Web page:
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The Frames.co.uk Guide To Framing Art (and Hanging It)

Posted on Tuesday 9th March 2021   |   How To

The Frames.co.uk Guide to Framing Art (and Hanging It)

We’ve all spent a lot more time at home this year than we would normally, and so we know that many of us have pieces of art lying around our homes that we have just not hung. 

This could be because the thought of putting a permanent hole in our wall seems frightening – something we need to give some serious thought to.

The other thing that might be off-putting as well is the wide range of choices out there – from a0 picture frames to the colour of matting, and the style and colour of your frames. It can all feel a little bit bewildering.

Here at Frames.co.uk we aim to make the world of picture framing an easy and less daunting one. So, here is our simple approach to framing and hanging, sprinkled with a few words of wisdom to help you to get your artwork on your walls in an easy a way as possible.


The Basics

Your home doesn’t have to look like a museum. The majority of us collect things that wouldn’t be considered masterpieces in the normal world of art, but they are things that we love. This could be a photograph that we took on honeymoon, our children’s best scribblings, a picture that we loved at an art fair, a vintage poster of our favourite holiday spot, even a vintage quilt that is too precious to use. These are the pieces that we want to help you frame, without you feeling intimidated by the process or having to spend a fortune.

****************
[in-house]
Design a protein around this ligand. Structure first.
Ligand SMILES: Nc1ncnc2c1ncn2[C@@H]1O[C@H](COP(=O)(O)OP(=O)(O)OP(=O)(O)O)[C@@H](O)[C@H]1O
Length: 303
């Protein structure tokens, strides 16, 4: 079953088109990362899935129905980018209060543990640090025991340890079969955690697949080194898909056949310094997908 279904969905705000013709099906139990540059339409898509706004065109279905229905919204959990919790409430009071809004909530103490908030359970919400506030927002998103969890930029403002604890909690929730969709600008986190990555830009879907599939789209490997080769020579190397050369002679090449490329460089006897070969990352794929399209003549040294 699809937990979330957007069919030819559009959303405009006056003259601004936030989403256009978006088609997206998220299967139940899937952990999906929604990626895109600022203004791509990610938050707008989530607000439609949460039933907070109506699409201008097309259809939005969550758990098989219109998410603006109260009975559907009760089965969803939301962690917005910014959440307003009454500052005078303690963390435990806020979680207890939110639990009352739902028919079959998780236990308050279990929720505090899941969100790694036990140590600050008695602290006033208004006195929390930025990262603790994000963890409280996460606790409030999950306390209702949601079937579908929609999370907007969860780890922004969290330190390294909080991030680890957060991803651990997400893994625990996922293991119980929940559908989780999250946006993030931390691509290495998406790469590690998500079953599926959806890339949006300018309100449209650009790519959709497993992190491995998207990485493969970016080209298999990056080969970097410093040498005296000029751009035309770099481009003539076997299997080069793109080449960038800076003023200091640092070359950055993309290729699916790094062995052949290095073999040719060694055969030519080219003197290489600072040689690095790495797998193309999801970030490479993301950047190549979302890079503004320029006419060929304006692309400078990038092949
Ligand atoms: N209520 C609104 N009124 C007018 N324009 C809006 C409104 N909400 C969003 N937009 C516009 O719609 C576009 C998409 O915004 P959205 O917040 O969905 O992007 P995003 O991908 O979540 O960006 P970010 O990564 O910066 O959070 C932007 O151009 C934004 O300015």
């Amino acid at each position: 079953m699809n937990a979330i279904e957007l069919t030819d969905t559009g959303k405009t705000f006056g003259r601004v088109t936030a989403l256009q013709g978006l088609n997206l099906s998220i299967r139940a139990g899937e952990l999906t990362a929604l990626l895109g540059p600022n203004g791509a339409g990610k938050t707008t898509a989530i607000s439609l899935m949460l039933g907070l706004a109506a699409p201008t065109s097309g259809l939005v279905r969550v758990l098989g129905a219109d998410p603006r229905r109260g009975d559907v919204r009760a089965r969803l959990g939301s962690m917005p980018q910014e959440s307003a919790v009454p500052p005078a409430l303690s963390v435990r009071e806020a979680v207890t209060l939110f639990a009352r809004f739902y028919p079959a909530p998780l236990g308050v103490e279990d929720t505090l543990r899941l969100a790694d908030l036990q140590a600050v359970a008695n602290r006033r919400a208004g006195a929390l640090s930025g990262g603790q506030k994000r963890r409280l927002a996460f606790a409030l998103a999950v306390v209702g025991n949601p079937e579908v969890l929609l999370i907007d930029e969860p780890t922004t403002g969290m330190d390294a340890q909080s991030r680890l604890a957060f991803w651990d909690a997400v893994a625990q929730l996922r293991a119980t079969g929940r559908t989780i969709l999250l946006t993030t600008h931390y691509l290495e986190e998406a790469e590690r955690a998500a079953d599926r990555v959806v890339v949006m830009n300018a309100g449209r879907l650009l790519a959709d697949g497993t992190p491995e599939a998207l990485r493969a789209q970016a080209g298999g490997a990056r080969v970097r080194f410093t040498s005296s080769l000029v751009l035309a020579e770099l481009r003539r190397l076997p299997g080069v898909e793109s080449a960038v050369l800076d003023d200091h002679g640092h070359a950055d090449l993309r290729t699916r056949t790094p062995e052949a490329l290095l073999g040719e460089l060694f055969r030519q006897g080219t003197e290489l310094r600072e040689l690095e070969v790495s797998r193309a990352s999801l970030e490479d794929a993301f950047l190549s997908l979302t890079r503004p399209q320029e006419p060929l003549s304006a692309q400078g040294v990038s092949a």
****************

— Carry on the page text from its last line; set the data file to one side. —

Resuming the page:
Make sure you keep the long-term in mind when you frame items. Matting materials need to be acid free and there should be a dust cover on the back of the mat. Traditionally, most frames come with a glass front but you can choose acrylic as an alternative now as this is lightweight and tends to be shatterproof. The downside of acrylic is that it is more easily scratched than glass. 

If you want to frame an actual painting that has been done on canvas, then you need to approach this in a different way. Oil paint on canvas is quite hardwearing actually, and you can hang it in sunlight without fear of damage and also dust it lightly as well. You may want to think about avoiding covering the picture with acrylic or glass, so that you can see the build-up and textured sweeps of the paint when you look at the picture. You can still use ao poster frames to finish the piece off. 

The majority of pictures, especially watercolours, and textiles should be hung in a well-shaded spot – never in direct sunlight. Watercolours work best when they are hung in a shaded bedroom or dark hallway, as this will protect the colours and not wash them out too much.


Mounting matters

The mount, or border, is the thin piece of paper like material on which your piece of art sits – and it is mostly decorative - a sort of backdrop to allow the artwork to shine. 

Some people choose not to use a mount, especially with large-format photography as the image tends to have a greater impact without. Multiple pieces, such as diptychs and triptychs, can also look better without mats as it makes them a tighter, more cohesive story.  However, if you have any work that has been done on paper – such as a drawing or a watercolour – then these can look even lovelier with a mount.